Tshikululu Social Investments
In her role as social investment specialist at Tshikululu Social Investments Mihlali Mzima, 26, has designed and implemented a number of projects that have had a national impact, including the GBVF Response Fund, which strives for a South Africa free from violence directed at women, children and LGBTQIA+ persons. She primarily drives the strategy design, implementation and management of social investments across multiple clients who collectively put more than R600 million a year into corporate social investment (CSI) programmes. Mihlali works on programmes focused on gender-based violence, education, community strengthening, capacity building and youth development. Between 2020 and 2022, during the Covid-19 pandemic, she managed over R120 million of client CSI investments into higher education and addressing gender-based violence. “These sectors are arguably among the most critical and complex socio-economic issues our country has today. In my work, I have learned that it is only through strategic collaboration, deliberate investment, improved anticipatory capability and multi-sectoral and systemic intervention that we can maximise the power of social investments today for a better future,” she says. In 2022, Mihlali, who has a master’s in development studies from the University of the Witwatersrand, was named among the Top 12 Women in CSI by CSR News and won the Tshikululu Social Investments CEO Award for Excellence. “I hope for a South Africa where the disproportional effects of inequality for vulnerable groups, particularly women and children, have been significantly reduced,” she says.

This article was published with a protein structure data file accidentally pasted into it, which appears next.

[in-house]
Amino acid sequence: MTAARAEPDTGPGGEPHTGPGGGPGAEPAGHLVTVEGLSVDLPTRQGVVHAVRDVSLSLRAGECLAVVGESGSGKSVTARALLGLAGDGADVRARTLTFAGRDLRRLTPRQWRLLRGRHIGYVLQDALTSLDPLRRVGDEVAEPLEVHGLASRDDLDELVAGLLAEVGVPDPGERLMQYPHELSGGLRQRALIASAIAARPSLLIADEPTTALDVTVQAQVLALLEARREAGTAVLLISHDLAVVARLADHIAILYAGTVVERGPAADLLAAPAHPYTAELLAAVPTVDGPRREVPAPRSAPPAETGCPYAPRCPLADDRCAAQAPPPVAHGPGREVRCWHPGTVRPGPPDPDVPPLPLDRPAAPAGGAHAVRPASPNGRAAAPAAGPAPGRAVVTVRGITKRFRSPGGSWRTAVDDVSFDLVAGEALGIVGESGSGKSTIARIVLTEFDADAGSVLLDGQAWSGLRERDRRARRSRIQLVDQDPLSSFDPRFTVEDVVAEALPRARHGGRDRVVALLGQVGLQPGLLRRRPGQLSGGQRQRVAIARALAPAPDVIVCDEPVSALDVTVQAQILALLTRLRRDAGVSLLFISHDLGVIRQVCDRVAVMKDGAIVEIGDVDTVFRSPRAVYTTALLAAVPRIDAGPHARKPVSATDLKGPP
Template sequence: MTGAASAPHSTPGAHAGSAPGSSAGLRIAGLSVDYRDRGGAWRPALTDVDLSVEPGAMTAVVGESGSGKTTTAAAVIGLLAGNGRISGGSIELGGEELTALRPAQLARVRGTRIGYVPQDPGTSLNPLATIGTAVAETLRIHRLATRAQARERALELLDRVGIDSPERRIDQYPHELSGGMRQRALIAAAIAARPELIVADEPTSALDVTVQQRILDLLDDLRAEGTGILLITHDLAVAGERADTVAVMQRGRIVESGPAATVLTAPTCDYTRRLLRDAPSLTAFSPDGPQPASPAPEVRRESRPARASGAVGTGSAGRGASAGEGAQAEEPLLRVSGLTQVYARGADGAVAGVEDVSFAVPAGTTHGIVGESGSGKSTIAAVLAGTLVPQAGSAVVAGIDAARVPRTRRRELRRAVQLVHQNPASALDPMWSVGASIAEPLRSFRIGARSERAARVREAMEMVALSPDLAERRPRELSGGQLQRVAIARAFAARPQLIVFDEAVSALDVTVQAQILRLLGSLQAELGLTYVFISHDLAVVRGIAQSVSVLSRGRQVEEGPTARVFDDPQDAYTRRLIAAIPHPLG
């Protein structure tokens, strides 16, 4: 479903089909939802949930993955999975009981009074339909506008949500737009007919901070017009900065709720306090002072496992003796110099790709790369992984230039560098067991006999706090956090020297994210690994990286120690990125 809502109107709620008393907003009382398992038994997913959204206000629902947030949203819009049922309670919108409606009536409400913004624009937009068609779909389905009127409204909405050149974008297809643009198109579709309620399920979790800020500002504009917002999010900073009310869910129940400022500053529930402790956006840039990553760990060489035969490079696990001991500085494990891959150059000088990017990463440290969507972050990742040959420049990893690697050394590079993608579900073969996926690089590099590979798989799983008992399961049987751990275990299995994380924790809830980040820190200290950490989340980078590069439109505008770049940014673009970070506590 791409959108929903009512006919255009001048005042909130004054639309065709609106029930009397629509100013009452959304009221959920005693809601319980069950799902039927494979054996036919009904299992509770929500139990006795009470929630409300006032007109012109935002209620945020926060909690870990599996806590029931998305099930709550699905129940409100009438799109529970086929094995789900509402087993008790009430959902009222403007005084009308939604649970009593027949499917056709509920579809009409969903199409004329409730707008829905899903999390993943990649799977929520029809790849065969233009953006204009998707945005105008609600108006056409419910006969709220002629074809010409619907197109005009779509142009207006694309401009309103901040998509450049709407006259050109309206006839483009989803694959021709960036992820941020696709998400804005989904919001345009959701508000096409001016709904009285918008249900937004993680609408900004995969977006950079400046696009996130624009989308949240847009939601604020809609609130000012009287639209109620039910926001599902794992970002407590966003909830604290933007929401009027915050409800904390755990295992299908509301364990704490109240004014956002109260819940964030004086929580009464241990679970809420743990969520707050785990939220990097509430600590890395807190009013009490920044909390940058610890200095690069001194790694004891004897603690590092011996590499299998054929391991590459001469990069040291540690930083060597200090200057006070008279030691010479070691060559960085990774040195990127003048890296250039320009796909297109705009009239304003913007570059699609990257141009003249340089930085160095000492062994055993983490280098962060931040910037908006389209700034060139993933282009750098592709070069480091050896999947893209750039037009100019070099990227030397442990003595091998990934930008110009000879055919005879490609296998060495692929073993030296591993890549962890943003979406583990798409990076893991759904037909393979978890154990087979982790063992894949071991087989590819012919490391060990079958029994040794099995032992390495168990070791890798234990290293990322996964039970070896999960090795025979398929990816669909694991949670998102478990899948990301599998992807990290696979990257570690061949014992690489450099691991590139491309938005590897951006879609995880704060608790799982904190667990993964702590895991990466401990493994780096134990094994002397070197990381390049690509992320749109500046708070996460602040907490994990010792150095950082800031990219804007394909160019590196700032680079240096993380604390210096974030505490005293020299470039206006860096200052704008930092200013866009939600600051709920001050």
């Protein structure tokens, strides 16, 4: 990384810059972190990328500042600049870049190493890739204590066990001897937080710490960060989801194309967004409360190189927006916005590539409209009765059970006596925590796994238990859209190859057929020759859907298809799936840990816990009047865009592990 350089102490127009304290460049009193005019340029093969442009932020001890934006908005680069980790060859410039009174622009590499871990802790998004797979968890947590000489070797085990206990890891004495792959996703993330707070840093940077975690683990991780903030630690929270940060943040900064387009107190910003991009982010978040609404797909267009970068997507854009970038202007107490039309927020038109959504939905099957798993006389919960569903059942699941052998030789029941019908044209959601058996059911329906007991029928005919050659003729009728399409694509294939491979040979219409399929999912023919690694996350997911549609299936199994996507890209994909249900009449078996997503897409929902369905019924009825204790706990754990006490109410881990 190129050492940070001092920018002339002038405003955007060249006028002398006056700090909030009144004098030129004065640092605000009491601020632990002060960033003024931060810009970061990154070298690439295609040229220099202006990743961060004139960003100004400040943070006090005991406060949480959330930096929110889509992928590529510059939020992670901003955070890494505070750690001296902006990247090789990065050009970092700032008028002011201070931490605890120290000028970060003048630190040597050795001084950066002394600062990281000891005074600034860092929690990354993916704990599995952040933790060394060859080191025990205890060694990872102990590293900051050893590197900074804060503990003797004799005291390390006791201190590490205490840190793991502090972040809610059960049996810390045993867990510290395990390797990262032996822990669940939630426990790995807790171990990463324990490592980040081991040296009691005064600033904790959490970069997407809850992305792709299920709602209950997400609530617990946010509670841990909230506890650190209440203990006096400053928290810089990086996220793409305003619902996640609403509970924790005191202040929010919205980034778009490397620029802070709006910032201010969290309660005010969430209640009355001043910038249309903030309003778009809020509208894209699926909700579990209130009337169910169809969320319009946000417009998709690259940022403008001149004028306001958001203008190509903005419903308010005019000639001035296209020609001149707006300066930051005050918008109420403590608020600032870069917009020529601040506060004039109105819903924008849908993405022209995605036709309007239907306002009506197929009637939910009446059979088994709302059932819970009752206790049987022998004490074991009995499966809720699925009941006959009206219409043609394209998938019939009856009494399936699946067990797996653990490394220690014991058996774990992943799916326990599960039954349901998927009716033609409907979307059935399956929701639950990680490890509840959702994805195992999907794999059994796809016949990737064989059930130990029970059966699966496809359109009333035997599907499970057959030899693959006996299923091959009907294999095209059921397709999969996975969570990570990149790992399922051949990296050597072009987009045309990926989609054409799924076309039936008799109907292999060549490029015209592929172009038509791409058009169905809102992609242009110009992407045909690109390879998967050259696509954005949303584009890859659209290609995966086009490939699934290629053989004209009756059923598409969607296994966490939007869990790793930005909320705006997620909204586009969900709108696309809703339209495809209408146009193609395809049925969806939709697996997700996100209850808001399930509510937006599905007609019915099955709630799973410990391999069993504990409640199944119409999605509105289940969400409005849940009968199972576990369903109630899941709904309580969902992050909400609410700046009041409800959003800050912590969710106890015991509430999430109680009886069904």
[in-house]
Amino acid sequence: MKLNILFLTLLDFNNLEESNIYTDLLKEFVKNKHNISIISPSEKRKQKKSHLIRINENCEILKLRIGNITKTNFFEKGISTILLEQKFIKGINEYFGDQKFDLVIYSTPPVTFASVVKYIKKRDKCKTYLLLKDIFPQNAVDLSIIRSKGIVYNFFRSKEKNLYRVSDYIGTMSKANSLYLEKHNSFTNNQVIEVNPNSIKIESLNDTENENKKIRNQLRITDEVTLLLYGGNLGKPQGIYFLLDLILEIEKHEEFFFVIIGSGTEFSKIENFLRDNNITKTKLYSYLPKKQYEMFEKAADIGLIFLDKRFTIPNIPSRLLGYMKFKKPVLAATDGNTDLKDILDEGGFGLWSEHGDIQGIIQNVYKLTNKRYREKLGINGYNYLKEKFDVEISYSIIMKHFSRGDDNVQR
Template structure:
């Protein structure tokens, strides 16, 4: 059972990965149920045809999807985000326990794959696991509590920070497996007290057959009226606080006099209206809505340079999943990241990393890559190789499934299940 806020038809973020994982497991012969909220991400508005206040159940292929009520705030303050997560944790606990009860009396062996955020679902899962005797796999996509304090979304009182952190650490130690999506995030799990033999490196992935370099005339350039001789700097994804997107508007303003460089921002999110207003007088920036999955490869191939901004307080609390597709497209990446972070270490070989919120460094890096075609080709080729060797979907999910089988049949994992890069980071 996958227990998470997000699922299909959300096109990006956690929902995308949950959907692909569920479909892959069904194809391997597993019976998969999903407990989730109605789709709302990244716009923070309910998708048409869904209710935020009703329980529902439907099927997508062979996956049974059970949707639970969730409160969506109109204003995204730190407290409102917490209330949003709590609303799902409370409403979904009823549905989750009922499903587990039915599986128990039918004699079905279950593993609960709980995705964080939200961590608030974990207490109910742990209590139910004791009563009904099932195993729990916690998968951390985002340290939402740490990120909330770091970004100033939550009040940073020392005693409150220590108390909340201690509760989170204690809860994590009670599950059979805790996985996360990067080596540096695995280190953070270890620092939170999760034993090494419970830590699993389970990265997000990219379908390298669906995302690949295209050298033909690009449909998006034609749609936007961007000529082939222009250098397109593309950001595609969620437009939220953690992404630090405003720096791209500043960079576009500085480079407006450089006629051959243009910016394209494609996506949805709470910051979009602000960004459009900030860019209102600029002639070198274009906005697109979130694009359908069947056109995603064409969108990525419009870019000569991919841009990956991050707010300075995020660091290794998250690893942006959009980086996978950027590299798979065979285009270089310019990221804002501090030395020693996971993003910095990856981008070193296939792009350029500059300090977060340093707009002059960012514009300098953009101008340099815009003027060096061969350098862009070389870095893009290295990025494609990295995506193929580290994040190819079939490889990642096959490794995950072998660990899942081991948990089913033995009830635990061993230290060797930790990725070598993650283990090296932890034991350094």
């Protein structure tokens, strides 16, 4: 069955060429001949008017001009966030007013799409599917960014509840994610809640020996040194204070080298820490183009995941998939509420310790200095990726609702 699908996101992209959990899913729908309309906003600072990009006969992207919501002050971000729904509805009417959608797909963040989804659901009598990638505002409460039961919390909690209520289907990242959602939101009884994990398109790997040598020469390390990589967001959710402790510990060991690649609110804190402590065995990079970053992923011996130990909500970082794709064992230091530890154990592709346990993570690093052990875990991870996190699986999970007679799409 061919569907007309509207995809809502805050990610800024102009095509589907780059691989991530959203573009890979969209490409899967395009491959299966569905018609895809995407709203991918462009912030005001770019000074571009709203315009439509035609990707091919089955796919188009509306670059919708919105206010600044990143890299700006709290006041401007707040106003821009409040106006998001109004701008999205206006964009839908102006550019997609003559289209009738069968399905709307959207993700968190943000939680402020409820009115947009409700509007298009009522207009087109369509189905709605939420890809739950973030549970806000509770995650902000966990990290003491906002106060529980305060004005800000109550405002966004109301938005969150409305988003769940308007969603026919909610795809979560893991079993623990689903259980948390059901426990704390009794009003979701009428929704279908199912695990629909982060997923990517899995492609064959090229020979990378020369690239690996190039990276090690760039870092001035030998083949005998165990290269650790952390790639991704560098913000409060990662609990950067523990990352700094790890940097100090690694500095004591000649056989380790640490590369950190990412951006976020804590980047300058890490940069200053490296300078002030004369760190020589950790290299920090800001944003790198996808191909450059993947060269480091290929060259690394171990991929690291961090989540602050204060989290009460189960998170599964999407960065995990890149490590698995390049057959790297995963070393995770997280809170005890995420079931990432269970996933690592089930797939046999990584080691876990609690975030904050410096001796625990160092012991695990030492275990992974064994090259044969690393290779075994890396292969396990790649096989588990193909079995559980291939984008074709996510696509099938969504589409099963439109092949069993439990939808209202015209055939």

- Masters in Development Studies, Wits
- BA honours Development Sociology, Wits
- Bachelor of Arts, Wits
- Executive Education in Systems Change and Social Impact, UCT Graduate School of Business
- Top 12 Women in CSI, 2022, awarded by CSR News.
- CEO Award for Excellence,2022, awarded by Tshikululu Social Investments.
- Promotion from social investments analyst to social investments specialist, 2022
I was in grade 6, attending a Model C government school, when I was awarded the Allan Gray Scholarship. The scholarship would pay for my high school fees and all associated costs at one of the top 10 best-performing private schools in South Africa, St Cyprian’s School in Cape Town. I come from a middle-income household and I am the firstborn child of a teacher and policeman. It was always drilled into me that education was the key that would give me access to the doors to what, at the time, felt like an unimaginable success. Having the prestigious institution that is the Allan Gray Orbis Foundation believe in me before I was even of an age to go to high school predicated what I already knew — that I was destined to contribute meaningfully to the world and that my brilliance is underpinned by a sedulous effort towards my goals. Since then I have been committed to my passion for development and empowerment — both my own and that of others.
Carry an attitude of excellence by remaining persistent and passionate about the things you love, draw inspiration from and aspire towards.
I hope for a South Africa where the disproportional effects of inequality for vulnerable groups, particularly women and children, have been significantly reduced. In turn, we would have made great strides in addressing intersectional socioeconomic challenges, such as gender-based violence, unemployment, poverty and crime. Thus, efficacious social, political and economic structures will be progressively restored.